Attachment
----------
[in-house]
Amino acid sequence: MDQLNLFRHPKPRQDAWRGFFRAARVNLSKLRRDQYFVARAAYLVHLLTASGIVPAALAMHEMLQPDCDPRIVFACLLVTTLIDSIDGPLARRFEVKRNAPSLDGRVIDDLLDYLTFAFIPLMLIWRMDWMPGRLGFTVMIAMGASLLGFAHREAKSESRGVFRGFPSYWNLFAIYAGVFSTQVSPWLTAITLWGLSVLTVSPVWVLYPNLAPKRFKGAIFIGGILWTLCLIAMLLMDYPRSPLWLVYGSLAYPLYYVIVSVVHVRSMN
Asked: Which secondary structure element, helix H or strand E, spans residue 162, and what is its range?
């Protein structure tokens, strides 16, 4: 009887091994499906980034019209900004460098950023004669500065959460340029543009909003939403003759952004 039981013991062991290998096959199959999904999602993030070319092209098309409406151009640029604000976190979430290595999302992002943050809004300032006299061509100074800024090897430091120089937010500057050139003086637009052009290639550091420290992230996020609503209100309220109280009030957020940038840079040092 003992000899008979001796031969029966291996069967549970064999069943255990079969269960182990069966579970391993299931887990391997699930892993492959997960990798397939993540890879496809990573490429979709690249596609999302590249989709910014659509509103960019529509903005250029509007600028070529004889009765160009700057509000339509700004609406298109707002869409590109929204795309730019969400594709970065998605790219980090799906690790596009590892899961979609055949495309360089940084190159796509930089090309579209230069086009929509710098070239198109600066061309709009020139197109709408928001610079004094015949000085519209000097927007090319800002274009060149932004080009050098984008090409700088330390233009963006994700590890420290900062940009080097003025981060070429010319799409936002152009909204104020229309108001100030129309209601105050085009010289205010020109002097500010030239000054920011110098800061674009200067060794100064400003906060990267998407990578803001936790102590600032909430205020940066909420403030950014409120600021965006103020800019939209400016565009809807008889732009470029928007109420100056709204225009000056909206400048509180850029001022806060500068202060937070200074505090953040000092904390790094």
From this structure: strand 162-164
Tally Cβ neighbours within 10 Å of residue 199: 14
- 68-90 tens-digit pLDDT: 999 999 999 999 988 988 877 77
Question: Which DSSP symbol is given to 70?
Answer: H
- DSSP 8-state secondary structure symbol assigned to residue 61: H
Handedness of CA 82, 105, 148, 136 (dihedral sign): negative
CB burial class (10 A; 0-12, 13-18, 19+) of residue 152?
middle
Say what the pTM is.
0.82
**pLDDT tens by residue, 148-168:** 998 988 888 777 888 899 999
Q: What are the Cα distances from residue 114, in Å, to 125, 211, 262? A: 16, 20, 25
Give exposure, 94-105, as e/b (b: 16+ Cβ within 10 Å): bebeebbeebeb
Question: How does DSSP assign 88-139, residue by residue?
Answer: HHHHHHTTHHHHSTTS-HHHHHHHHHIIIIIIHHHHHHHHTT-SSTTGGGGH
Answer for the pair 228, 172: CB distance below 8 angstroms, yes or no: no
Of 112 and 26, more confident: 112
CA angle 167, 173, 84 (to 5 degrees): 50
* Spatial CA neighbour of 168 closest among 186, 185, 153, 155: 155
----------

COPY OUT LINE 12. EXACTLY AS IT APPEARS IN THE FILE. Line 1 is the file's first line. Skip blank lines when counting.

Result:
CB burial class (10 A; 0-12, 13-18, 19+) of residue 152?